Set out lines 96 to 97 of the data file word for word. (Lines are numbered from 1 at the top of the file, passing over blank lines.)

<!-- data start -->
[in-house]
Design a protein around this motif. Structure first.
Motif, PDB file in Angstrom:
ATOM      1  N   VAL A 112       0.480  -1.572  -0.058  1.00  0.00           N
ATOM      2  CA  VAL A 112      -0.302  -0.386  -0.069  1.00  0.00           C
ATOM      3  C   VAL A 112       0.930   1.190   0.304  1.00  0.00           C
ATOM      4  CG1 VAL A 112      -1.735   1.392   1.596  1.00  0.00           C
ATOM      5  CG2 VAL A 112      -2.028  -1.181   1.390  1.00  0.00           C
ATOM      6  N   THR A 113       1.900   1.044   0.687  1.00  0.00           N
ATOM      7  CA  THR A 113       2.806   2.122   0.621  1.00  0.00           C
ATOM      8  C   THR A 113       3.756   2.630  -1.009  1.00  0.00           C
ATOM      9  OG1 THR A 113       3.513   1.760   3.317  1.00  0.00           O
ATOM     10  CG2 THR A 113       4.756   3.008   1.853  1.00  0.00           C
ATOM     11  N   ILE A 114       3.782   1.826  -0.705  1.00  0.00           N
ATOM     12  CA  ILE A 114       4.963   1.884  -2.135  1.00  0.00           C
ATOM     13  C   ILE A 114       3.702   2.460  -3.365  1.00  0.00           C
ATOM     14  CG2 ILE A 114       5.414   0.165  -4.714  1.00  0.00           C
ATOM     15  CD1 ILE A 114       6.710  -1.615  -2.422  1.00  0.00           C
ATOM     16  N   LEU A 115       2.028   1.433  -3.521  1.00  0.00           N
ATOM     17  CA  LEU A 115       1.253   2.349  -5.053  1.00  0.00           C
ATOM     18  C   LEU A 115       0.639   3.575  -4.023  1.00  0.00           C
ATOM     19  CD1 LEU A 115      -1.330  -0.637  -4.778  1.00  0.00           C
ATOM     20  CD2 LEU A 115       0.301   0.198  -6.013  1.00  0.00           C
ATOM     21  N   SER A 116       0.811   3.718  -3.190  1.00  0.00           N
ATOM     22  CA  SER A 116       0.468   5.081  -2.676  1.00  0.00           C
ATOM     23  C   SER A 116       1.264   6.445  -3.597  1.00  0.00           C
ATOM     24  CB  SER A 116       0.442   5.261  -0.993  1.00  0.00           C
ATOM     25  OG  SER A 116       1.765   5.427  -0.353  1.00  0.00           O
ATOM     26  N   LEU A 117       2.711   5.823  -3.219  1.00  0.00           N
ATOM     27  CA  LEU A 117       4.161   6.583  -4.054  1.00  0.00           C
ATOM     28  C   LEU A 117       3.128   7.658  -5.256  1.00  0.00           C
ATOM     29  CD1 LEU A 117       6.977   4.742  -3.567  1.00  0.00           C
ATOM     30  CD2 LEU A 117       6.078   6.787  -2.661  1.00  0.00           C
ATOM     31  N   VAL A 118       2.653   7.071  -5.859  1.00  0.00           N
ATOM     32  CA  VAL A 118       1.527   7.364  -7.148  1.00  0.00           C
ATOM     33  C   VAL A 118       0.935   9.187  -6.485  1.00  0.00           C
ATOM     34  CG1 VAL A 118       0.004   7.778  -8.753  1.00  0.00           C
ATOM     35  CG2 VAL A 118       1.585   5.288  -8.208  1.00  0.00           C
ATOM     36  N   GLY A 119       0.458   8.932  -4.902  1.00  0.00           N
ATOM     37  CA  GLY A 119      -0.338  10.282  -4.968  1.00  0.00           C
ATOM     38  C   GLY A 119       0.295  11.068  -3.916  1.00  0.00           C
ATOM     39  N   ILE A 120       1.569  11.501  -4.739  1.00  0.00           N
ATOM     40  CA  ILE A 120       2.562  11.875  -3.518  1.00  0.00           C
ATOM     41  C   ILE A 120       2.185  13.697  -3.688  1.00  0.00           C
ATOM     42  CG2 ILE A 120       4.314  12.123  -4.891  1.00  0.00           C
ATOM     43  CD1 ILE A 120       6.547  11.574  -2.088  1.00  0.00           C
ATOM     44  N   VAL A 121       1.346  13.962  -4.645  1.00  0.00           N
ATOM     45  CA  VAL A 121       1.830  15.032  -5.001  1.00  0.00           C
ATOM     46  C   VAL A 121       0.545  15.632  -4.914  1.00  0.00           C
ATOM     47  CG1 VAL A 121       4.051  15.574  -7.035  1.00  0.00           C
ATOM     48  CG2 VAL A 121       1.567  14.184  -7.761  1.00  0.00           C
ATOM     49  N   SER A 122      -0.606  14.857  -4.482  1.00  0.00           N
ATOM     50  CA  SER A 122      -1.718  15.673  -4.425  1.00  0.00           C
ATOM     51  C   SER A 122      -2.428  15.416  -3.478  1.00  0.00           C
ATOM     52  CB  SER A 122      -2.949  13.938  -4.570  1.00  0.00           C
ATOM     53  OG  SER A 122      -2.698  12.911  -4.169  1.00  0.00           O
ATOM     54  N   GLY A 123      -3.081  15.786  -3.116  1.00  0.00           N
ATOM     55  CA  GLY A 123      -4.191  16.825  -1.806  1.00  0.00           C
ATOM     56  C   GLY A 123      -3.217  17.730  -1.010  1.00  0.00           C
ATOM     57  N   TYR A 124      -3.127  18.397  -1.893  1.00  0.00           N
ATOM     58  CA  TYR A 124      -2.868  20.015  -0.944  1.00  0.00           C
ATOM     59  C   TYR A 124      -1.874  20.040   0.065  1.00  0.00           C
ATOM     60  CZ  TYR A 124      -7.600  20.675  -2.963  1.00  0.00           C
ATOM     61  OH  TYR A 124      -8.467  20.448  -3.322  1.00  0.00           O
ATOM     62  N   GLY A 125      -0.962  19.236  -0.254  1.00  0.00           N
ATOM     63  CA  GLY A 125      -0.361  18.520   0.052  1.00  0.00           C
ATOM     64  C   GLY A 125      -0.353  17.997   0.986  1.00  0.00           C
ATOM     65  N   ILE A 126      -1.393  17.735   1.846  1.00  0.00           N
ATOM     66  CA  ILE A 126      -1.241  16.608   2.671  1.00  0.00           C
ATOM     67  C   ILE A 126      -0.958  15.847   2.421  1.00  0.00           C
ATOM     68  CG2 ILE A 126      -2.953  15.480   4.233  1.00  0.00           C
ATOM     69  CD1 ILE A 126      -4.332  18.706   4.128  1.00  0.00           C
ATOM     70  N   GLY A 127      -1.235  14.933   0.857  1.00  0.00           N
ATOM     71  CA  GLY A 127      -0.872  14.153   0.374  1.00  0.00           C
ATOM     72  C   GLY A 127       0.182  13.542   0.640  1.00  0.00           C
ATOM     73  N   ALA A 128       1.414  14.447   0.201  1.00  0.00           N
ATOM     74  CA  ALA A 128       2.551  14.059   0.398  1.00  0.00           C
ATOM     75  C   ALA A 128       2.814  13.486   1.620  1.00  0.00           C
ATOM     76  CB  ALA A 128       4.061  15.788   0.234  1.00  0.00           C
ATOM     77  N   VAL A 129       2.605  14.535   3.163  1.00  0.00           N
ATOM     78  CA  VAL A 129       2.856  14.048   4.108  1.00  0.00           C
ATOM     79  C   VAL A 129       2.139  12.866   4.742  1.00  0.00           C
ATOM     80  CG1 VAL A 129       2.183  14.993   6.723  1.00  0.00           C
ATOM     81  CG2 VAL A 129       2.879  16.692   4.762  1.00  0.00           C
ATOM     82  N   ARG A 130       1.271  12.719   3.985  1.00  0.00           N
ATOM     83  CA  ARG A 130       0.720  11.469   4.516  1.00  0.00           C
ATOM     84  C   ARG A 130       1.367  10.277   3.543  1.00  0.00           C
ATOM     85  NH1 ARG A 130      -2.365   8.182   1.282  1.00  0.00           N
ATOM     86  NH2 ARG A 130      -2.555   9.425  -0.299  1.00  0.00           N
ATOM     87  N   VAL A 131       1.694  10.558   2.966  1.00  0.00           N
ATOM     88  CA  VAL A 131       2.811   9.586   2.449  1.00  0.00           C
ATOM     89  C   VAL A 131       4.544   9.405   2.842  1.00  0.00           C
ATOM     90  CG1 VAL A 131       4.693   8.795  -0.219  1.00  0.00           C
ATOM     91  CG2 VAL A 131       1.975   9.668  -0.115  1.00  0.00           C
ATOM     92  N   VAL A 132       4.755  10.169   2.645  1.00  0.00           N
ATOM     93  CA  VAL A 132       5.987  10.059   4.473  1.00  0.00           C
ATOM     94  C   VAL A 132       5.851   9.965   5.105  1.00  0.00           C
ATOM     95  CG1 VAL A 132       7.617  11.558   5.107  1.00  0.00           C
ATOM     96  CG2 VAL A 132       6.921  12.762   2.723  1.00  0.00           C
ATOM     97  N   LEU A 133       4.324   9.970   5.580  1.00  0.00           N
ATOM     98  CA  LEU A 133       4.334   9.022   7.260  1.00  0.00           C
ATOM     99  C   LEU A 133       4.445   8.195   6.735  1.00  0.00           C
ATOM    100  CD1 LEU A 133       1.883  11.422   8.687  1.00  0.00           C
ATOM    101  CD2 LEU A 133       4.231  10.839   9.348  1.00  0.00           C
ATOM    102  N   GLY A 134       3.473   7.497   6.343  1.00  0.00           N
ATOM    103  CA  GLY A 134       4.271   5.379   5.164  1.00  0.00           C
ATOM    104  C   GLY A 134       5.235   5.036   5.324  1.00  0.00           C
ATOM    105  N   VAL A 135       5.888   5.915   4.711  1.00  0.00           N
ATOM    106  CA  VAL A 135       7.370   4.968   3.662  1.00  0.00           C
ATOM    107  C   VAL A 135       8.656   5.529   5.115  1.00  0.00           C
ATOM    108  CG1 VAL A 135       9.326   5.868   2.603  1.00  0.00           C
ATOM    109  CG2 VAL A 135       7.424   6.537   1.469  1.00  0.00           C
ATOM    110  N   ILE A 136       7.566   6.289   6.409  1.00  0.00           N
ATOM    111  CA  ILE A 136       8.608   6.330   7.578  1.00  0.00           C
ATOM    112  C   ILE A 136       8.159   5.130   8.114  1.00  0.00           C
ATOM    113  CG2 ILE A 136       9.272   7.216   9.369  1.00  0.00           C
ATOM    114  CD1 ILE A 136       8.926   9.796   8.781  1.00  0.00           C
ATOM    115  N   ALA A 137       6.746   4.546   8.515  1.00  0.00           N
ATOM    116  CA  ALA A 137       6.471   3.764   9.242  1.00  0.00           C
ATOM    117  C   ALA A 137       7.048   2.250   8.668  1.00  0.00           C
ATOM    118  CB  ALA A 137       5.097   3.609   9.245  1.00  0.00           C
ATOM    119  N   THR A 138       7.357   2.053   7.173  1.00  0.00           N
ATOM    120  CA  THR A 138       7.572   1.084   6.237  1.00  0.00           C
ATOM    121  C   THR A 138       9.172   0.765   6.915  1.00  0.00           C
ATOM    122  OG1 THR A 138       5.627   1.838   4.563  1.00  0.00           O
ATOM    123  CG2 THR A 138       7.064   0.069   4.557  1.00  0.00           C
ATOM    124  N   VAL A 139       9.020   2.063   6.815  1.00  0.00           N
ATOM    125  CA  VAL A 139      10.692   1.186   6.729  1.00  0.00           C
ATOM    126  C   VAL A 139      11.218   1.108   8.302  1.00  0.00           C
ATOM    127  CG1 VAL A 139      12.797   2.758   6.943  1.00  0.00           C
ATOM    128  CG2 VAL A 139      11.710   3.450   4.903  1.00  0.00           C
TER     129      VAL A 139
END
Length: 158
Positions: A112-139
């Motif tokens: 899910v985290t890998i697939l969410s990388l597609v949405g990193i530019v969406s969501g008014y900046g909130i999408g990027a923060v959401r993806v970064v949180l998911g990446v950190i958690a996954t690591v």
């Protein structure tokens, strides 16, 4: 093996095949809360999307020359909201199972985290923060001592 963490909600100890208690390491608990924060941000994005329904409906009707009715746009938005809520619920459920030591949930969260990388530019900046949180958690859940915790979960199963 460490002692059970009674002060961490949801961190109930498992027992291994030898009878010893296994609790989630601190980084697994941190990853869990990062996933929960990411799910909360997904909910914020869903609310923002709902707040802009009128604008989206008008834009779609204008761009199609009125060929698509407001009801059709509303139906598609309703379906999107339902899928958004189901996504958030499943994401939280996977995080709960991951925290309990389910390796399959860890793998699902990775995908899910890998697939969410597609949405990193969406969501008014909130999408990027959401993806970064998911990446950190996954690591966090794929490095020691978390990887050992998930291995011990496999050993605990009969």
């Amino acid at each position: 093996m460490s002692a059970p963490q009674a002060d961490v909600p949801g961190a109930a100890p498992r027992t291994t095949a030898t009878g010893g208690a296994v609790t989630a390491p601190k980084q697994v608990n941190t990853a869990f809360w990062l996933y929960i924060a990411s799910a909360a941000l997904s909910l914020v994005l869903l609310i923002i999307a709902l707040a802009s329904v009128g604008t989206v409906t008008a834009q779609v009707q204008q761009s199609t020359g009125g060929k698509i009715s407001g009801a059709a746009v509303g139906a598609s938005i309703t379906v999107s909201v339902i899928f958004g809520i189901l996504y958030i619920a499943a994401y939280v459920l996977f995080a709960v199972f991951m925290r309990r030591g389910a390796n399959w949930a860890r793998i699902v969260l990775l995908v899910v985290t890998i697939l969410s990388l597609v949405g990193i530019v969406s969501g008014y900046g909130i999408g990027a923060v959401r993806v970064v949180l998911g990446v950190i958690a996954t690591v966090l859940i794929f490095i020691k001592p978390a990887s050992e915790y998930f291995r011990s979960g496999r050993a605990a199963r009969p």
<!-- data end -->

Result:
ATOM     93  CA  VAL A 132       5.987  10.059   4.473  1.00  0.00           C
ATOM     94  C   VAL A 132       5.851   9.965   5.105  1.00  0.00           C